Ona Kingbird

Ona Kingbird, who has taught for 36
years in public schools, (left) faces
homelessness due to foreclosure by
Wells Fargo Bank. She has refused
to leave her home.
By Ann Patterson

Ona Kingbird is a Twin Cities Ojibwa elder who has taught for 36 years in Minnesota public schools and prisons. As a Red Lake tribal member and bearer of the pipe given by her father, a medicine man, she has preserved the culture of her students at Heart of the Earth school in South Minneapolis. She has provided a home for her family, including her daughter and grandkids. But today Ms. Kingbird faces homelessness due to foreclosure on her house.


During a press conference today held outside her home on the 3900 block of Cedar Avenue in South Minneapolis, Ona said, “I paid a lot for this house and I have asked Wells Fargo to work with me in the situation, which they have refused to do. I’m not moving.”
Ms. Kingbird, like so many others, spent years paying off a mortgage through Wells Fargo. Due to confusion and family crisis, Ms. Kingbird’s mortgage payments were being returned to her and not received by Wells Fargo, causing her to fall behind in the eyes of the mortgage institution. Refusing to work with Ms. Kingbird to rectify the situation, Wells Fargo is moving forward on the foreclosure process. Her house was sold in March, via a Sheriff’s sale back to Wells Fargo-the original mortgage holder. She has four months to raise 50 thousand dollars, get a court injunction demanding that Wells Fargo renegotiate her mortgage to an affordable rate, or else she faces eviction.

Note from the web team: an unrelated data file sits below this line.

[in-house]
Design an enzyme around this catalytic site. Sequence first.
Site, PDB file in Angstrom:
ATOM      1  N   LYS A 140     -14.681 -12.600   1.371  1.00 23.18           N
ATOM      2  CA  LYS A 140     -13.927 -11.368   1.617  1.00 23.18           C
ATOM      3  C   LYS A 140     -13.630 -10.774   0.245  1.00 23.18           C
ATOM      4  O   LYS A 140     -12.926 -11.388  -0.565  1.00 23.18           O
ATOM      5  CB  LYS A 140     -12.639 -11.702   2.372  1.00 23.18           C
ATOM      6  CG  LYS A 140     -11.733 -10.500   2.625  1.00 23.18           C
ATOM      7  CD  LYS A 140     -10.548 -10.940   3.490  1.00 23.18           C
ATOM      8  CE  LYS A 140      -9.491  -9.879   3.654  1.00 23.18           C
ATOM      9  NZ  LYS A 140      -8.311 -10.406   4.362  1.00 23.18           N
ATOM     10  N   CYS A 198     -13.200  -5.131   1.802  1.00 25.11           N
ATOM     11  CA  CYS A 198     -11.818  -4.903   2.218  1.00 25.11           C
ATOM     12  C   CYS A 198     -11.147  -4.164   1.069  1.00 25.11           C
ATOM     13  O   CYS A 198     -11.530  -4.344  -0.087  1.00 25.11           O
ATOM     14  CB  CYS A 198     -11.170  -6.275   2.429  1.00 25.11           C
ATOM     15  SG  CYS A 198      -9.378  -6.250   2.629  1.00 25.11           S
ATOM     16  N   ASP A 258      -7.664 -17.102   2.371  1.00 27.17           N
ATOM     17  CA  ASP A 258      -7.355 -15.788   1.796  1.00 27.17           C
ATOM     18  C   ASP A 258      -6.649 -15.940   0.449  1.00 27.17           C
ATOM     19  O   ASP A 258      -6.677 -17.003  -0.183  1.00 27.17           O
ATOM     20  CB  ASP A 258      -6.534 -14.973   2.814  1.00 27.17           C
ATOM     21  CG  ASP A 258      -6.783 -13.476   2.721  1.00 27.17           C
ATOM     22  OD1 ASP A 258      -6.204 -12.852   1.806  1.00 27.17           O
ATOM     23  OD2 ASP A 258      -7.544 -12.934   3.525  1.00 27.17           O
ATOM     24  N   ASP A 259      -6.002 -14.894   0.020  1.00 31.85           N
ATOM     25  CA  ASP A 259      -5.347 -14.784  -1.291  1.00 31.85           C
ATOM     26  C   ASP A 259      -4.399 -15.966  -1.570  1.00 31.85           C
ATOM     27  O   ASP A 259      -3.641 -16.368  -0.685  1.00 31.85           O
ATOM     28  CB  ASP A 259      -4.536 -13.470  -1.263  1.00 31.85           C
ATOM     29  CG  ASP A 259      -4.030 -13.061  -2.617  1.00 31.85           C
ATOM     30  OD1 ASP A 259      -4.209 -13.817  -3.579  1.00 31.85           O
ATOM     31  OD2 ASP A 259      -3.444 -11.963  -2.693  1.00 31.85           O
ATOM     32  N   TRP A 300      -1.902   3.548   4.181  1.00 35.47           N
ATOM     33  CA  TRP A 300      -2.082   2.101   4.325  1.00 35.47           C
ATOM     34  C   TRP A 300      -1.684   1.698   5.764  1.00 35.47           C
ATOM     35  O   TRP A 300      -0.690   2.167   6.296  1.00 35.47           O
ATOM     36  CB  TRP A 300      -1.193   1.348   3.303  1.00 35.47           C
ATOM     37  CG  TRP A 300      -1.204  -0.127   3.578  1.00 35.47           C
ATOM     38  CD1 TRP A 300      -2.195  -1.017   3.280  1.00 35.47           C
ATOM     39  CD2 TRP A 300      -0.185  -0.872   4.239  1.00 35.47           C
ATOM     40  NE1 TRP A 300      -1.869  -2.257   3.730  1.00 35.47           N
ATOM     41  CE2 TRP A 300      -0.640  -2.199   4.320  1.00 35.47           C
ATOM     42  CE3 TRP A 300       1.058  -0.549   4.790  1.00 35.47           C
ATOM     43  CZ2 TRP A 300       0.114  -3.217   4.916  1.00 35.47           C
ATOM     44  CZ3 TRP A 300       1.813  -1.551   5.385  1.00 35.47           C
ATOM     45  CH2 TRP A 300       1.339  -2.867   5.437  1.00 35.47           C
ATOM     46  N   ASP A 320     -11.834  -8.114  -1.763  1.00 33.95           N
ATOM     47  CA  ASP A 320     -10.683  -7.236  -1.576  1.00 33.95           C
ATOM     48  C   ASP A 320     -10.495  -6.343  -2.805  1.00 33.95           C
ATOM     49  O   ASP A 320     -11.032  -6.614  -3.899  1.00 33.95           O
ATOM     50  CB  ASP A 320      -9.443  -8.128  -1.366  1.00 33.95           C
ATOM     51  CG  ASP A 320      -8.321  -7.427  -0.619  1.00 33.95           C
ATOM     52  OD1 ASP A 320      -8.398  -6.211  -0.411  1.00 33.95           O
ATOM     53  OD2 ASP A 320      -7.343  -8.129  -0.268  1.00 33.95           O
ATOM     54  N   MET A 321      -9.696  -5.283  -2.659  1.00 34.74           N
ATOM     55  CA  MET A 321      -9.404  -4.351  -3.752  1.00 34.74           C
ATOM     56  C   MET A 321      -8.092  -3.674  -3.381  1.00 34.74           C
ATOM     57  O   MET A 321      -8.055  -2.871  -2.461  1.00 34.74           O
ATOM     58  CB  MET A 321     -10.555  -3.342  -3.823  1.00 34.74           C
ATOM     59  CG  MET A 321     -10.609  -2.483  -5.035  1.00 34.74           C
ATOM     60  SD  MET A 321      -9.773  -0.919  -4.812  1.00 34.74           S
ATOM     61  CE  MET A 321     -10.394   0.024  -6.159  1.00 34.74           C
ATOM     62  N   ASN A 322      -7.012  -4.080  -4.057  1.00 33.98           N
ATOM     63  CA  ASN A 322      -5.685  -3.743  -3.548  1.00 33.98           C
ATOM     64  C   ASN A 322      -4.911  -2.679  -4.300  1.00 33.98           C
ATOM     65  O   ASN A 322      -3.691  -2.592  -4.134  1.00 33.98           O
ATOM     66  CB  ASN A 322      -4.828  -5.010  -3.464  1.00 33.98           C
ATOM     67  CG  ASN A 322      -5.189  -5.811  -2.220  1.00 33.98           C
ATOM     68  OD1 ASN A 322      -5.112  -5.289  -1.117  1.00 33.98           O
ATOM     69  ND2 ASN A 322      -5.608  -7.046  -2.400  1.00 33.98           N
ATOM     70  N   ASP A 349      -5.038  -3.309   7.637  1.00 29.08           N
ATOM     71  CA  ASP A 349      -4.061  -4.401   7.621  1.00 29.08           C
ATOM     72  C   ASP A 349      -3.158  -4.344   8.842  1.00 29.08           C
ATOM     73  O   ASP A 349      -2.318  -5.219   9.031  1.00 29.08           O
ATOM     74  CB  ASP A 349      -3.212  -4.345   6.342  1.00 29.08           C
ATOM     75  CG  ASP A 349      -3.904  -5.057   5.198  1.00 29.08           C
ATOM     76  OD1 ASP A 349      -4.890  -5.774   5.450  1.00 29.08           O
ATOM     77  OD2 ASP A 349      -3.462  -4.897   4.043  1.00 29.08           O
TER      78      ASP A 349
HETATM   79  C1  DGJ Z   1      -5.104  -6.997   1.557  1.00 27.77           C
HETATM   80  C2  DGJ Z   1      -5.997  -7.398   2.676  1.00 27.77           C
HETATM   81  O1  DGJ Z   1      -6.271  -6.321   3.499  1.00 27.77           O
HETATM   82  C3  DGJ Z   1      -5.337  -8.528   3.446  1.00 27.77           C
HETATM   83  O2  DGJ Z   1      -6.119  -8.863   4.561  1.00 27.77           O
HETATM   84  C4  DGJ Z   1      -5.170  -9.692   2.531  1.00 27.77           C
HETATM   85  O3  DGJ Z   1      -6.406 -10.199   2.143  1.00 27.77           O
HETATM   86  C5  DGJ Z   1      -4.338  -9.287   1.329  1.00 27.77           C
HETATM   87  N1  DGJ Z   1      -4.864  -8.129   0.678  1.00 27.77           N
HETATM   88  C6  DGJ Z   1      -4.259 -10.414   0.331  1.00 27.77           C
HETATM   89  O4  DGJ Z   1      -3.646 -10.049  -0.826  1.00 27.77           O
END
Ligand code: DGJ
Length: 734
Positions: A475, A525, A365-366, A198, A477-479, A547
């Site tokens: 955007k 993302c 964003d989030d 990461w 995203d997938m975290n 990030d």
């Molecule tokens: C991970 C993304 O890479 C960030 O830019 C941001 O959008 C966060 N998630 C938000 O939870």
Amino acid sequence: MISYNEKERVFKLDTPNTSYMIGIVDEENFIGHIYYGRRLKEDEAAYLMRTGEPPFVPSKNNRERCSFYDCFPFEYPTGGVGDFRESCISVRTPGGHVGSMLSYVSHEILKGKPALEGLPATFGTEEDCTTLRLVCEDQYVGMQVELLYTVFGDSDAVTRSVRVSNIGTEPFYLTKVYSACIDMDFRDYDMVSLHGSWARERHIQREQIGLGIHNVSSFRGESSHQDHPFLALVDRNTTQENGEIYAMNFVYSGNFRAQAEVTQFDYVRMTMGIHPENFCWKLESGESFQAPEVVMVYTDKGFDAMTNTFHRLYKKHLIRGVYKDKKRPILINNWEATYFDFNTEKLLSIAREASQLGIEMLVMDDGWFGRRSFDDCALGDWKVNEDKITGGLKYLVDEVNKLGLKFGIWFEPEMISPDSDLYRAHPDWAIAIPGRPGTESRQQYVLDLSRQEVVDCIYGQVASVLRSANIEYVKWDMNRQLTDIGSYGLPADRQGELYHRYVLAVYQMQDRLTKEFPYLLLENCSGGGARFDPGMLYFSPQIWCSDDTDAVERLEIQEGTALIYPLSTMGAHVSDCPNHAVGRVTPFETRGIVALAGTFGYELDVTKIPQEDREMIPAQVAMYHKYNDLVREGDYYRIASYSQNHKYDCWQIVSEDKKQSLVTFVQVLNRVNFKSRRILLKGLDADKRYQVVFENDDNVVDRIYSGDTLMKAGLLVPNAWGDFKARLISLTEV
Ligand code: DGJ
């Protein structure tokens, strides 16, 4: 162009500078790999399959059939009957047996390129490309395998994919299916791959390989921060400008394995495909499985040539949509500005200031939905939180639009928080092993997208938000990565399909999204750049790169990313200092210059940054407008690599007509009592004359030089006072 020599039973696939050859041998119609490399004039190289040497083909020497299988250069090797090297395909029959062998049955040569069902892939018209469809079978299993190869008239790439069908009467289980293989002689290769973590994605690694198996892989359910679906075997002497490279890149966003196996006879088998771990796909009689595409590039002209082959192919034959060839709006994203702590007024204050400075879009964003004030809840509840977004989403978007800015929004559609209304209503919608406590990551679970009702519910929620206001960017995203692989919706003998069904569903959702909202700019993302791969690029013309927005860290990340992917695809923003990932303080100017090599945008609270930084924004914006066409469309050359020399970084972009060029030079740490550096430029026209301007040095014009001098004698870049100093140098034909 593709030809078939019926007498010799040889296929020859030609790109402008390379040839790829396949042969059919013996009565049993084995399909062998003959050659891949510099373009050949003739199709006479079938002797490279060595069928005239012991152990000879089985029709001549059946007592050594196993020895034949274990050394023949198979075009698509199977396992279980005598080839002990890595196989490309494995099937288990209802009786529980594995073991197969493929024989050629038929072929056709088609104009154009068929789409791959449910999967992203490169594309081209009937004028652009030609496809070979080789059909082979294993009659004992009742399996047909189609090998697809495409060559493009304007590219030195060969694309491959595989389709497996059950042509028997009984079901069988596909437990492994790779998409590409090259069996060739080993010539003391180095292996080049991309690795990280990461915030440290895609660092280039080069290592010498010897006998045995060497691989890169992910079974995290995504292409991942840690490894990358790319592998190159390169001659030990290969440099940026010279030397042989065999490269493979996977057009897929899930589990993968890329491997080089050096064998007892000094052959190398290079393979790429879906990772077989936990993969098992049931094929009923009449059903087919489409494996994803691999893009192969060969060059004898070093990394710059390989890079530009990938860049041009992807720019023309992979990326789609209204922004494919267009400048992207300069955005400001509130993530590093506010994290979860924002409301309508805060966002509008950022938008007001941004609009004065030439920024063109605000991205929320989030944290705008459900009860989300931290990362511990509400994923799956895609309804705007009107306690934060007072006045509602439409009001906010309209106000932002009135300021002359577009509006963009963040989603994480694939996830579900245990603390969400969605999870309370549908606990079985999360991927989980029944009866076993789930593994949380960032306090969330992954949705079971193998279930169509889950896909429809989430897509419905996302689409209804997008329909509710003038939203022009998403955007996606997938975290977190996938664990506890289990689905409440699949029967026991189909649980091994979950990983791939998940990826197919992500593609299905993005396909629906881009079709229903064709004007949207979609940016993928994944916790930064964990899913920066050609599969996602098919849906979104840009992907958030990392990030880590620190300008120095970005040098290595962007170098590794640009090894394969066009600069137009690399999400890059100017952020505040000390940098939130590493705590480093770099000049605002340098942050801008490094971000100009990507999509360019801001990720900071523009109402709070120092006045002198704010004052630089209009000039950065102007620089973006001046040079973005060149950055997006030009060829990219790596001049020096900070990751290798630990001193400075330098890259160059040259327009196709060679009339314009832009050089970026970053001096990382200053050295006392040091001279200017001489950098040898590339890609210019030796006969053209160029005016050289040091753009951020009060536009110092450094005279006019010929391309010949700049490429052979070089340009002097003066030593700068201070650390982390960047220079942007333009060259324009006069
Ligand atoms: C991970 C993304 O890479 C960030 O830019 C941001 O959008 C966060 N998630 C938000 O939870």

Twin Cities’ neighborhoods are becoming more and more desolate as home after home goes into forecloseure and occupants are evicted. During this time of economic crisis, financial institutions like Wells Fargo have received financial stimulus packages to encourage them to work with homeowners to renegotiate affordable solutions to the growing housing crisis. So far, homeowners like Ona Kingbird have yet to see the results of this stimulus money, begging the question, where exactly is this money going?

Ona Kingbird has been getting the run-around via the routes that Wells Fargo offers their customers for assistance, resulting in failure. Instead she is turning to organizations like the MN Poor People’s Economic Human Rights Campaign (MN PPEHRC) for help. MN PPEHRC is publicly supporting and fighting alongside folks like her to demand a moratorium on foreclosures in order for mortgage companies to renegotiate affordable mortgages with affected homeowners.

By refusing to leave her home, Ona Kingbird now joins a list of six other families who are also resisting foreclosure and the destruction of their neighborhoods. PPEHRC Organizer Cheri Honkala says, “These neighbors should serve as inspiration to communities across Minnesota and the country who wish to stay in their houses rather than be destroyed by banks like Wells Fargo.”

Raise money from local groups, churches, and neighborhoods to help cover legal fees.

Join the MN PPEHRC’s Underground Railroad Project to help get signatures on petitions to intervene in her forclosure.

Write and call U.S. Congressman Keith Ellison, representatives of the state legislature, the mayor of Minneapolis, and other elected officials.

Demand that Wells Fargo negotiate with MN PPEHRC families losing their homes because Wells Fargo won’t work with them.

For more information or to get involved, see


This article originated in the People's Tribune
PO Box 3524, Chicago, IL 60654, 773-486-3551,
Feel free to reproduce unless marked as copyrighted.
Please include this message with reproductions of the article.